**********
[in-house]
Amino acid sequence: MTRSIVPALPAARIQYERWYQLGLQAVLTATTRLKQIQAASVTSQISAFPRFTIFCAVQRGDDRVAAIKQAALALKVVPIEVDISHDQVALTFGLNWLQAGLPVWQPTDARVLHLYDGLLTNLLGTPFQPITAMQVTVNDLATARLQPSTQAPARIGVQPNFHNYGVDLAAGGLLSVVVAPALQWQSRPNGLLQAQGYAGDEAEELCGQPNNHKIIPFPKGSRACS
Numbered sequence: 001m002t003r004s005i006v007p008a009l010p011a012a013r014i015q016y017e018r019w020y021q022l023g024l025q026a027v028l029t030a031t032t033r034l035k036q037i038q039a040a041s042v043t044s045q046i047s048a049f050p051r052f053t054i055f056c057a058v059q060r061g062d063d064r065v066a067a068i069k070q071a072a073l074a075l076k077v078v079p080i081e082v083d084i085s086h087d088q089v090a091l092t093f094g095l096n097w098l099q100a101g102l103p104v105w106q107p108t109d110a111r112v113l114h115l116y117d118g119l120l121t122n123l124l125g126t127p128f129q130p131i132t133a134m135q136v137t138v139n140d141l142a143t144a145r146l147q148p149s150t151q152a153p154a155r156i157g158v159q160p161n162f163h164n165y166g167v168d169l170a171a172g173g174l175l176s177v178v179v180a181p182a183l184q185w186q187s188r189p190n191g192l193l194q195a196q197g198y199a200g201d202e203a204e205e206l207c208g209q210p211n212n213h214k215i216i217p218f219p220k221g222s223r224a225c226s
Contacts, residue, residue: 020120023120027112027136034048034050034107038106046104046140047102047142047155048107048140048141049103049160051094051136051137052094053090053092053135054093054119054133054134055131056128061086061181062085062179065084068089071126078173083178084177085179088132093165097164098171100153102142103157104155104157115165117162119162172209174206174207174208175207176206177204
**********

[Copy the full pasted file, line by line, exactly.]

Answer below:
[in-house]
Amino acid sequence: MTRSIVPALPAARIQYERWYQLGLQAVLTATTRLKQIQAASVTSQISAFPRFTIFCAVQRGDDRVAAIKQAALALKVVPIEVDISHDQVALTFGLNWLQAGLPVWQPTDARVLHLYDGLLTNLLGTPFQPITAMQVTVNDLATARLQPSTQAPARIGVQPNFHNYGVDLAAGGLLSVVVAPALQWQSRPNGLLQAQGYAGDEAEELCGQPNNHKIIPFPKGSRACS
Numbered sequence: 001m002t003r004s005i006v007p008a009l010p011a012a013r014i015q016y017e018r019w020y021q022l023g024l025q026a027v028l029t030a031t032t033r034l035k036q037i038q039a040a041s042v043t044s045q046i047s048a049f050p051r052f053t054i055f056c057a058v059q060r061g062d063d064r065v066a067a068i069k070q071a072a073l074a075l076k077v078v079p080i081e082v083d084i085s086h087d088q089v090a091l092t093f094g095l096n097w098l099q100a101g102l103p104v105w106q107p108t109d110a111r112v113l114h115l116y117d118g119l120l121t122n123l124l125g126t127p128f129q130p131i132t133a134m135q136v137t138v139n140d141l142a143t144a145r146l147q148p149s150t151q152a153p154a155r156i157g158v159q160p161n162f163h164n165y166g167v168d169l170a171a172g173g174l175l176s177v178v179v180a181p182a183l184q185w186q187s188r189p190n191g192l193l194q195a196q197g198y199a200g201d202e203a204e205e206l207c208g209q210p211n212n213h214k215i216i217p218f219p220k221g222s223r224a225c226s
Contacts, residue, residue: 020120023120027112027136034048034050034107038106046104046140047102047142047155048107048140048141049103049160051094051136051137052094053090053092053135054093054119054133054134055131056128061086061181062085062179065084068089071126078173083178084177085179088132093165097164098171100153102142103157104155104157115165117162119162172209174206174207174208175207176206177204